NASA’s Next Flagship Mission May Be A Crushing Disappointment For Astrophysics
“This is NASA. This is the pre-eminent space agency in the world. This is where science, research, development, discovery, and innovation all come together. The spinoff technologies alone justify the investment, but that’s not why we do it. We are here to discover the Universe. We are here to learn all that we can about the cosmos and our place within it. We are here to find out what the Universe looks like and how it came to be the way it is today.
It’s time for the United States government to step up to the plate and invest in fundamental science in a way the world hasn’t seen in decades. It’s time to stop asking the scientific community to do more with less, and give them a realistic but ambitious goal: to do more with more. If we can afford an ill-thought-out space force, perhaps we can afford to learn about the greatest unexplored natural resource of all. The Universe, and the vast unknowns hiding in the great cosmic ocean.”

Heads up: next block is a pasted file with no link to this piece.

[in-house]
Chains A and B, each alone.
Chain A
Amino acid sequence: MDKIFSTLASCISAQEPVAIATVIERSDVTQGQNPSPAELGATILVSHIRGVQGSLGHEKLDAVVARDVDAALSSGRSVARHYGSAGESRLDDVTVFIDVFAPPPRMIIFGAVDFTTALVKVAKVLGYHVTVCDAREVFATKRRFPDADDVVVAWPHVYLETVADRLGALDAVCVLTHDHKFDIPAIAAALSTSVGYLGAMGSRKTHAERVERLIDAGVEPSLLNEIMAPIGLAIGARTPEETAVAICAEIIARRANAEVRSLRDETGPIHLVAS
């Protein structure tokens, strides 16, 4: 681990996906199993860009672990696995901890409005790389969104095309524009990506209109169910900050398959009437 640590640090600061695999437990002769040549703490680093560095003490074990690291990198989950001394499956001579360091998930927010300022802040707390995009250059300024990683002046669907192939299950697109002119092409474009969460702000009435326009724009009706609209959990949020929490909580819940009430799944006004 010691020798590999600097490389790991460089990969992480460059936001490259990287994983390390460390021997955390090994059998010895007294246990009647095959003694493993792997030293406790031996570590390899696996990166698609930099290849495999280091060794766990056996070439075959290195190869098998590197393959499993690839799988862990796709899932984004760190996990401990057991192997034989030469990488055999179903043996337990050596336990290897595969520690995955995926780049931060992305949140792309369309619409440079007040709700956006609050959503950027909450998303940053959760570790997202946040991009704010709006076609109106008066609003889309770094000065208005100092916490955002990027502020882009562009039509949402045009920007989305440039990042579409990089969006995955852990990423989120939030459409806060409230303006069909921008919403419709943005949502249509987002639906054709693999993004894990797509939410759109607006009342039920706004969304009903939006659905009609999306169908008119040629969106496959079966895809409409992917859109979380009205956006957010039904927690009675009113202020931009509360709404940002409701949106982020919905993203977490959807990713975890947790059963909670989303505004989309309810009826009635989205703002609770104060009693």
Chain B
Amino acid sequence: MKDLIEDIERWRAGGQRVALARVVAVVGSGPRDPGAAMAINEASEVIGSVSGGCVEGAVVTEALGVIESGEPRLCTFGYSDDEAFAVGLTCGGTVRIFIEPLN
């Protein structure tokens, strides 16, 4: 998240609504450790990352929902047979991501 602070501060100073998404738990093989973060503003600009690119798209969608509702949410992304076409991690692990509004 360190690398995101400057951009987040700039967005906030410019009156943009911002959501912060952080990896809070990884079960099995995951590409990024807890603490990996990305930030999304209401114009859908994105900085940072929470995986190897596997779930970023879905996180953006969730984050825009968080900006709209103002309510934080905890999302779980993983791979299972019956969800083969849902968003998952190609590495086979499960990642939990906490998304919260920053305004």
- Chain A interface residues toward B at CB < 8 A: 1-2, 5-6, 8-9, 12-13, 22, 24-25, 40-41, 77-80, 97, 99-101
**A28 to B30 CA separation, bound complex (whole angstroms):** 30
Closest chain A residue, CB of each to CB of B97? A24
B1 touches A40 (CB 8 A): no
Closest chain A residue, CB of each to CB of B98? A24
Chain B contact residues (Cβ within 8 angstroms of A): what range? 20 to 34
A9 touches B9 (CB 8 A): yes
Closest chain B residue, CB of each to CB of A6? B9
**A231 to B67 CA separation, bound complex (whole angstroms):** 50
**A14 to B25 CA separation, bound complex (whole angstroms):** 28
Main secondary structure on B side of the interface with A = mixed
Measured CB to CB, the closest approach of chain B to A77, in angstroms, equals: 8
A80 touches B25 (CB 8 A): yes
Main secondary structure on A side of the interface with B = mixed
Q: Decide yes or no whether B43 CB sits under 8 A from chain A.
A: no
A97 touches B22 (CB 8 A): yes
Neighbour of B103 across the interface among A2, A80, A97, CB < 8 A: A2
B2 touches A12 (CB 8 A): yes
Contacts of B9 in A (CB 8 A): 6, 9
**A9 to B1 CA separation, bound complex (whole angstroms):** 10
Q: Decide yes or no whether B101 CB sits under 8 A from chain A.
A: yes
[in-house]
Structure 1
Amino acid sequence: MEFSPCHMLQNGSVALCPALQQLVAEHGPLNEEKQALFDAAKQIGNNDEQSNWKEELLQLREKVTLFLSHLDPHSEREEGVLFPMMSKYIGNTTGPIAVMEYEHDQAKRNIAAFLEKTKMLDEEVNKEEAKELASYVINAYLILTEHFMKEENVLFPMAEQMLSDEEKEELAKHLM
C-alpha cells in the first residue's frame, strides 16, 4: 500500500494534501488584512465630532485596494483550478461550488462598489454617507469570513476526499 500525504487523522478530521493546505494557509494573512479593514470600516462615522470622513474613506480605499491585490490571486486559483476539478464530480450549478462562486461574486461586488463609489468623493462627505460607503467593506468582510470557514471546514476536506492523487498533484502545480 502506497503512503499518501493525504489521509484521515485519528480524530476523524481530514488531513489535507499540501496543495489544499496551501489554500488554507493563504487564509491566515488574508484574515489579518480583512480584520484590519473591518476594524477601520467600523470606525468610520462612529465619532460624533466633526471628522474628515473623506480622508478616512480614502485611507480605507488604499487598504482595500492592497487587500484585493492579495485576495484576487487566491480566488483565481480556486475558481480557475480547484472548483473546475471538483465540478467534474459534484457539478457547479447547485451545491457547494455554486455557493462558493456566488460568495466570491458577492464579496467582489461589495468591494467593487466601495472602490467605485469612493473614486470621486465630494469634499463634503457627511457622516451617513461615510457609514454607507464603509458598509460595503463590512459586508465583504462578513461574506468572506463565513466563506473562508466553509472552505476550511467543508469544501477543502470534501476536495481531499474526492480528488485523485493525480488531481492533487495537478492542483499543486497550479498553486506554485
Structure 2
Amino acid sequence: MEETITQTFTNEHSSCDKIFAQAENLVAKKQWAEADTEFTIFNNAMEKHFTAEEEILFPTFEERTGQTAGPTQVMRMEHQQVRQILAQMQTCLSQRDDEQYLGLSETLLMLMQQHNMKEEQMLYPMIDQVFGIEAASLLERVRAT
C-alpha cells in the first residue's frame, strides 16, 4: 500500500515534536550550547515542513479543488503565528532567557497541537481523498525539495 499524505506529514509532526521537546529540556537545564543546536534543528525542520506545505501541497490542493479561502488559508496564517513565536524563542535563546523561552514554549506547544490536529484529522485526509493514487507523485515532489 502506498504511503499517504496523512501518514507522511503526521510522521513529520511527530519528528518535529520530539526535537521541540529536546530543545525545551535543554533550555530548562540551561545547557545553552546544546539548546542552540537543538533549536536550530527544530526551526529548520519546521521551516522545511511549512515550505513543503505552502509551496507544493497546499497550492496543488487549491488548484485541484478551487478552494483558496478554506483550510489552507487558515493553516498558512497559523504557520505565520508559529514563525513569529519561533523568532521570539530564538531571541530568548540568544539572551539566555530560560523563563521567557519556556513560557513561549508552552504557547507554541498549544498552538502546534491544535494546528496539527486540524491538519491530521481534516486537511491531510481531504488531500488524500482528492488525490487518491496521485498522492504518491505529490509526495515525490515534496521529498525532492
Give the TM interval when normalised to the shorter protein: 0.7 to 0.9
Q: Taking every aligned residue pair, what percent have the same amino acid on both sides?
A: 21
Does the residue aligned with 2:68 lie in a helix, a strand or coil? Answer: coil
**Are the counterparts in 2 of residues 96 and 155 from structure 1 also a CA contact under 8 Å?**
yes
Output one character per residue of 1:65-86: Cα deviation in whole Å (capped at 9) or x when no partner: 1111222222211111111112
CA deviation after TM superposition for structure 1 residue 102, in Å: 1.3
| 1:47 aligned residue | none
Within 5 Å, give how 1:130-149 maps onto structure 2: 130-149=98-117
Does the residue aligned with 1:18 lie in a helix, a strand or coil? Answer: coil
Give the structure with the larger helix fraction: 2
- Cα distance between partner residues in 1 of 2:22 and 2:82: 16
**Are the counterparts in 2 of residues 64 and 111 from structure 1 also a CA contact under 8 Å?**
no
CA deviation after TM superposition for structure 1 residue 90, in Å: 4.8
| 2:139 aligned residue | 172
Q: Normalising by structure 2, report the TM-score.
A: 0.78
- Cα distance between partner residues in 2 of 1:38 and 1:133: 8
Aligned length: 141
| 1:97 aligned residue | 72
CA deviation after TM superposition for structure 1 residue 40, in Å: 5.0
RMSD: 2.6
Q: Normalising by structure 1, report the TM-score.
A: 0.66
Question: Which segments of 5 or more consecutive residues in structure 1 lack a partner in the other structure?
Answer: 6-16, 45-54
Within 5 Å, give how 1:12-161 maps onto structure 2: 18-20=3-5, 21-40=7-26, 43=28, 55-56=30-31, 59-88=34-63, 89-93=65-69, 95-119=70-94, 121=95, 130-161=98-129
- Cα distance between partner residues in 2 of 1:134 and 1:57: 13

While the Trump administration just proposed a new branch of the military, a “space force” if you will, NASA has just demanded that every one of the proposed astrophysics flagship missions abandon their large ambitions and present a scaled-down, sub-$5 billion version of their proposal. That means smaller telescopes, reduced capabilities, and less knowledge that will be revealed about the Universe. Every single one of the four will suffer from this, but the biggest losers may be us. In terms of science, society, spinoffs, and civilization, we’ll all be poorer if we fail to invest in something that truly makes a difference in this world.